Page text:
Diagonal Section

This Page: diagonal section Opposite: plan and fractal layers


Left: crossing tower and gallery section vaults Below: gallery vault and column geometry detail Opposite: analysis of Laon Cathedral columns, nave and aisles

Nave, Aisle and Crossing Tower


Column Types

Column Types

Triforium Level Triforium Level A A

Gallery Level Gallery Level B B

colonnettes colonnettes

A A

B

B

compound piers

basic unit columns

compound piers

basic unit columns

C

C

D

D

E

E

F F

Ground Level Ground Level C C

C C

D

D

E

E

full height 19 ft.

full height 19 ft.

Basic unit columns with uniform height and proportion Basic unit columns with uniform height and proportion

B

2/3 height 12.7 f.t

B A

2/3 height 12.7 f.t 1/3 height 6.3 ft.

1/3 height 6.3 ft.

A F

Basic unit columns divide to form colonnettes Basic unit columns divide to form colonnettes

F

3x height 57 ft.

3x height 57 ft.

Basic unit columns combine to form compound piers

Basic unit columns combine to form compound piers

D

E

F

D

E

F


The UNdesigned Eco-Center

Student proposal for retail, public resource center, auditorium and workshop for UNdesigned, an eco-conscious clothing designer. Berkeley, CA, 2007 Taking inspiration from the garments of this Berkeley clothing designer, the structure of this multi-use building resembles gathered layers of cloth, which lend their dynamism to a great variety of spaces. Several areas of the building are planted, including a roof lawn, bamboo lining the interior of the retail windows, and a small lawn for the owner’s dog

nestled between the public and private spaces. The form evolved from a series of 2D and 3D investigations of the properties of fabrics - a flexible skin taking the form of the structure beneath, or a malleable plane that reacts under tension and compression to take on new character.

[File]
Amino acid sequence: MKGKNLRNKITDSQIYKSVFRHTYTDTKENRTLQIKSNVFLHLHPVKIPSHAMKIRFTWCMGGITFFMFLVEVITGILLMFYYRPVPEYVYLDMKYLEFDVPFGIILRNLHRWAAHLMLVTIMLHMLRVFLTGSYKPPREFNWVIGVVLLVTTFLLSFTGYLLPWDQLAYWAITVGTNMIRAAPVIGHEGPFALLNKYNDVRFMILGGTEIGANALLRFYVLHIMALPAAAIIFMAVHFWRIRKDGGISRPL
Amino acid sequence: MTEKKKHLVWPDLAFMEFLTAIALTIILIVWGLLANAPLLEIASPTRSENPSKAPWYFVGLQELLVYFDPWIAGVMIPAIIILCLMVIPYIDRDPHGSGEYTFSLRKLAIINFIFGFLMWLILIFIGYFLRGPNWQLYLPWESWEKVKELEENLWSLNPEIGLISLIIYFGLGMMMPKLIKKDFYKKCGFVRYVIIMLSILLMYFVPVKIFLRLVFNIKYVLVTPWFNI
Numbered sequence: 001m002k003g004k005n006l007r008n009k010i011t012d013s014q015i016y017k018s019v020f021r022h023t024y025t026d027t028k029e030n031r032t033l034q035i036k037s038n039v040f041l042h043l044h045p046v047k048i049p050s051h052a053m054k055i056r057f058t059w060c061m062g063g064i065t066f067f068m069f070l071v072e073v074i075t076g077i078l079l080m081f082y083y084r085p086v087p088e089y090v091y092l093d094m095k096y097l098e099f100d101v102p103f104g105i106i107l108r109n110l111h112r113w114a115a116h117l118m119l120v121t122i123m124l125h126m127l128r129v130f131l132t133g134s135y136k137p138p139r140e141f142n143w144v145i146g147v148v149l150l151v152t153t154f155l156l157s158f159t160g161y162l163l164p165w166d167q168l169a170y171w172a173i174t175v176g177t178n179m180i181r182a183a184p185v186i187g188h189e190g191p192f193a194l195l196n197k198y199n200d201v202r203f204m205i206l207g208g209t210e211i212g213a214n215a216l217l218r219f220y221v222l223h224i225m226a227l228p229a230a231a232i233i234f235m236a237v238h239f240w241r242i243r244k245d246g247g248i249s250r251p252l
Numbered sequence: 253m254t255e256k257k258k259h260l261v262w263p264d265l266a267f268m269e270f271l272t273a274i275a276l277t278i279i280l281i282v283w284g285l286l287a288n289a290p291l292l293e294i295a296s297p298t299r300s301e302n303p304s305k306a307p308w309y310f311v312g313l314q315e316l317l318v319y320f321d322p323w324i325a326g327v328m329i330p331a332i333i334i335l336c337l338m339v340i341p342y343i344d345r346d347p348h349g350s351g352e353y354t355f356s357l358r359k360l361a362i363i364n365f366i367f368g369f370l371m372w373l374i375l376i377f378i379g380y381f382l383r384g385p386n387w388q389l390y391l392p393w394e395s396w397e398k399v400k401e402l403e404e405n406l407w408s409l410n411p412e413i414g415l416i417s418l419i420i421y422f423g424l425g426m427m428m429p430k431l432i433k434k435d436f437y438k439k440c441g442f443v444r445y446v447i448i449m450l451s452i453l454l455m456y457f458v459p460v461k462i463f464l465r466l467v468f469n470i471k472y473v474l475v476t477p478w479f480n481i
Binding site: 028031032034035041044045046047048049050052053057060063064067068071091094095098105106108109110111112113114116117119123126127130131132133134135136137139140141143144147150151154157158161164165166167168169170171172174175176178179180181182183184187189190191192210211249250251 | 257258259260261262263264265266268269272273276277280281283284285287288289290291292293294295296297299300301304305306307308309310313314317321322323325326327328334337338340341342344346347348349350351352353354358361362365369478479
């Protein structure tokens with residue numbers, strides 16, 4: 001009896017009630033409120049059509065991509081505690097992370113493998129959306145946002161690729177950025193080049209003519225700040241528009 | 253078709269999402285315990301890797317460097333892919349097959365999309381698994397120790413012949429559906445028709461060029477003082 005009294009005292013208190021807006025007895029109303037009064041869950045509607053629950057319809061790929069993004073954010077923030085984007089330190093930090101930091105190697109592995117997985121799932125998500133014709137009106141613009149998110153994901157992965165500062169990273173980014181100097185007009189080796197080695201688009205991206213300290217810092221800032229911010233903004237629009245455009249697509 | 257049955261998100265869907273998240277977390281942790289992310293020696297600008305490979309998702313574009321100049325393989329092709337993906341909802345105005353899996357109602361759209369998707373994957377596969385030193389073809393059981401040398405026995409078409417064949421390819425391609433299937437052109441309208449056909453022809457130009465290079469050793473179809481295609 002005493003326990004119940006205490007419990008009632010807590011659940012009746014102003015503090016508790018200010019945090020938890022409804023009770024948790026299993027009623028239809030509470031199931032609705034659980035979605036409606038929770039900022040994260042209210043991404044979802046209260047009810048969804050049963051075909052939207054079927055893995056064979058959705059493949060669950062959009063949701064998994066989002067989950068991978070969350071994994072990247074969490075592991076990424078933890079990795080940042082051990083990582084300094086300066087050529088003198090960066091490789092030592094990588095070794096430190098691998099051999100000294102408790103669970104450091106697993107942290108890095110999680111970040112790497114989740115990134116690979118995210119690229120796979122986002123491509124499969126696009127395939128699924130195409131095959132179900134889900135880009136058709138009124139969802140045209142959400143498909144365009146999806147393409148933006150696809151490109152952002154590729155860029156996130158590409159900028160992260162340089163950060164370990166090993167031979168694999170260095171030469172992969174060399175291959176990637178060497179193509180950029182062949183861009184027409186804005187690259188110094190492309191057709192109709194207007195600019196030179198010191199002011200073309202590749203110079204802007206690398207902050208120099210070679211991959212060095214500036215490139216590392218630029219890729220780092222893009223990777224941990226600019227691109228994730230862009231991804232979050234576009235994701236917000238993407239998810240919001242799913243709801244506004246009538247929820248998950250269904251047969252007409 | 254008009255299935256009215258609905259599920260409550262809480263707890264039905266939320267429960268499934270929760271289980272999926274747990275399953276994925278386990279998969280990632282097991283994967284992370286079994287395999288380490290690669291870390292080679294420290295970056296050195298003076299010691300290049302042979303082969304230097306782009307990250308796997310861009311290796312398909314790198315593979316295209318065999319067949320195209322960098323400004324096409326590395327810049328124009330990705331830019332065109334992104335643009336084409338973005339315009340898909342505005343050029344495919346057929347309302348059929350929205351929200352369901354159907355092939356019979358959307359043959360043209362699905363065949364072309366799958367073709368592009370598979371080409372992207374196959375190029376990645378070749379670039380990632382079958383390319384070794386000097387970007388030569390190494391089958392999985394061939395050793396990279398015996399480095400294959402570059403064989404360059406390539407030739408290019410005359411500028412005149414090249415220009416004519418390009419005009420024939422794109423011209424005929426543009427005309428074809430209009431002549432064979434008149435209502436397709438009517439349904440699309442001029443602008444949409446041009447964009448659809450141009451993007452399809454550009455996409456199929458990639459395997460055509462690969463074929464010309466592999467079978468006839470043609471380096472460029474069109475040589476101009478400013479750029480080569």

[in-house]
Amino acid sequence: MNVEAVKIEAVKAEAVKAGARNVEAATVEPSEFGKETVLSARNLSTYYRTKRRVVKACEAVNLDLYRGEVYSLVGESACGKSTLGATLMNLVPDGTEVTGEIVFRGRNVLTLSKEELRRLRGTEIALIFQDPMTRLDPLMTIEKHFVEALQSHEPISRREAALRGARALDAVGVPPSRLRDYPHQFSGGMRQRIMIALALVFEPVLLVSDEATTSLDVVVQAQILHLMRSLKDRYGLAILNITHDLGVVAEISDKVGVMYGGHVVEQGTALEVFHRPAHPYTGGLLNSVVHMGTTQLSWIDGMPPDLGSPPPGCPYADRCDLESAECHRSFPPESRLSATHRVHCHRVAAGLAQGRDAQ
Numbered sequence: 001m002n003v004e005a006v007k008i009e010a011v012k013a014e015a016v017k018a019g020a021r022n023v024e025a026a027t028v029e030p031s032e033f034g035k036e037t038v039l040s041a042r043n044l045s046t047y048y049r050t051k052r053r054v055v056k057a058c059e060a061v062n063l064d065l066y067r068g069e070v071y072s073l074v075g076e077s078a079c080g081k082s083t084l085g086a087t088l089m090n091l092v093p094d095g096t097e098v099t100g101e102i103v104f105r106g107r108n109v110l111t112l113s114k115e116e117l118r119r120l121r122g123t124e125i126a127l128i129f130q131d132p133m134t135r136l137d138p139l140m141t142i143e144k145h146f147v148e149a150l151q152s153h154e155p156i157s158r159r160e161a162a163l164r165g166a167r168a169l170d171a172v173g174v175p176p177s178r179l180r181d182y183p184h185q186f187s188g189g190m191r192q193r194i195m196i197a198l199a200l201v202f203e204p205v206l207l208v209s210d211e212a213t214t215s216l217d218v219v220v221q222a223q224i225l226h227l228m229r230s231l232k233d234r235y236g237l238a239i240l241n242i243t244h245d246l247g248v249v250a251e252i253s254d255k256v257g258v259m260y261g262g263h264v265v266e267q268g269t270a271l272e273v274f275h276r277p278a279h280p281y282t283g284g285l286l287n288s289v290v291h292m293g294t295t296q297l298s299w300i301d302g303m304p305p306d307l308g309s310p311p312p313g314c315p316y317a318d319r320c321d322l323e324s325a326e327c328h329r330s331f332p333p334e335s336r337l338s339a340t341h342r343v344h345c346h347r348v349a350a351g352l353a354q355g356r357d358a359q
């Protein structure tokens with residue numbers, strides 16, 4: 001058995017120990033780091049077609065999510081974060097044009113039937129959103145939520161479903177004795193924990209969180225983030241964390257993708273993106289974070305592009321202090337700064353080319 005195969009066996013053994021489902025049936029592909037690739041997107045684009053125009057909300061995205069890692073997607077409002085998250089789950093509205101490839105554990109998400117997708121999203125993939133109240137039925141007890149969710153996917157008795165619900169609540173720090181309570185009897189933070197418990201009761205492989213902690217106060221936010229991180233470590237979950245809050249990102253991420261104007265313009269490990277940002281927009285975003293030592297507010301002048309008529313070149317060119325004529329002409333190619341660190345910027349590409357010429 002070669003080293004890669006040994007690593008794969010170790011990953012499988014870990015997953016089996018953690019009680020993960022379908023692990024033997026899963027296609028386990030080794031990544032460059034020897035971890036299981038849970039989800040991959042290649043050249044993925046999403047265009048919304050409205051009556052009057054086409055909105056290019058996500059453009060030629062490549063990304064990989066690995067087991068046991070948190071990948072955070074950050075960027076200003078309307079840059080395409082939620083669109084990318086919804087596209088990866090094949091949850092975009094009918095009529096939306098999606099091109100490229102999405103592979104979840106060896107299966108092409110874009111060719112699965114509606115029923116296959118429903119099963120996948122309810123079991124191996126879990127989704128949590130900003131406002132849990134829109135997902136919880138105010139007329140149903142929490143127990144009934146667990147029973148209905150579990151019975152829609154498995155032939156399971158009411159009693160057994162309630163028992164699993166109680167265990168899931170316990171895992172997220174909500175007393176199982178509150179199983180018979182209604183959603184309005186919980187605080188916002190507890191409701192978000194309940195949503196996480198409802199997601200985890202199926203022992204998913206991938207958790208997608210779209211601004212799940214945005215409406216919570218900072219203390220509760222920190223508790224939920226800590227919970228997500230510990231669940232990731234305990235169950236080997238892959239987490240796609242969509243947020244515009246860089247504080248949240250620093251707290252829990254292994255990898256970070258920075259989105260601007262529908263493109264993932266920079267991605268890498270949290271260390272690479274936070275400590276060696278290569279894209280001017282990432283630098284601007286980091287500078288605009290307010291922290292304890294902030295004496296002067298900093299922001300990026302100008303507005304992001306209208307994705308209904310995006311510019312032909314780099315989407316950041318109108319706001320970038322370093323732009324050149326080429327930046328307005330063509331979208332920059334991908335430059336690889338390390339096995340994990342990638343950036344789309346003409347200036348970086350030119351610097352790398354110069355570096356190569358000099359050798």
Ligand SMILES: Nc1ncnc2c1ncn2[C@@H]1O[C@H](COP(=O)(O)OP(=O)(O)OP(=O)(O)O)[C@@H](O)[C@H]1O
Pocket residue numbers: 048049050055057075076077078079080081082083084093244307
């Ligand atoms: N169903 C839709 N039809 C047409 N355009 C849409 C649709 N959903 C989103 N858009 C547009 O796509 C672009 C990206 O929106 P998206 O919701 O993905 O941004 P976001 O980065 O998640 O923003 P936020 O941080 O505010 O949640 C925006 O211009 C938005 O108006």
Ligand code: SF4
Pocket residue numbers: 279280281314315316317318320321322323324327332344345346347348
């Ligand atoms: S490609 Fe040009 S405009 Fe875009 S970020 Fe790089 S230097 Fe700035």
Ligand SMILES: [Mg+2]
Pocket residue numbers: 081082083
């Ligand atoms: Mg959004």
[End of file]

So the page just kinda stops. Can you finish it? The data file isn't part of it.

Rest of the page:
This Page: detail of faรงade, shop displays, and auditorium Opposite: South, West and East elevations


Clockwise From Top Left: skirt by UNdesigned; model side view; model layers; study model of painted 2-ply laminated wood. Opposite: laminated wood form finding model


Museum for Joan Miro’s Hirondelle Amour Student project sited in Golden Gate Park, San Francisco, 2006

Working from the painting to form an initial concept, contortion clearly emerged as a tectonic theme that is not only critical to the form and narrative of the painting, but also intriguing in translation to three-dimensional architectural forms. Angular and spiraling forms within the painting became the basis for a dedicated micro-museum.

Top: Joan Miro, Hirondelle Amour, 1934 Bottom: site model

A one-foot wide concrete bicycle path crosses the grass to connect the sidewalk and the painting. Rather than lead to the door, it slices through two concrete walls and points directly to the painting itself. With approximately 200 square feet of interior and 600 square feet of exterior space, the building additionally becomes a museum of the natural surroundings.


This Page: model details Opposite: model with roof and model with roof removed


Top: study model Below: plans, lower and upper floors Opposite: front elevation, roof plan and regulating geometry


Model of Diller + Scofidio’s Slow House Built in collaboration with Nate Miller, 2006

This model of Diller+Scofidio’s unbuilt Slow House was completed as a precedent study in a UC Berkeley undergraduate architectural design studio. As the project was never

built, some details, including the roof, required us to take the liberty of completing the missing pieces of the puzzle with our own design.


Drawings of Diller+Scofidio’s Slow House


Part II.

Artworks


This Page: Portrait of E.A. Poe pencil on paper, 2004 Opposite: Two Birds woodblock print, 2006


This Page: X-ray Mouse oil on canvas, 2006 Opposite: Macbeth oil on canvas, 2006-2007


Portfolio, May 2014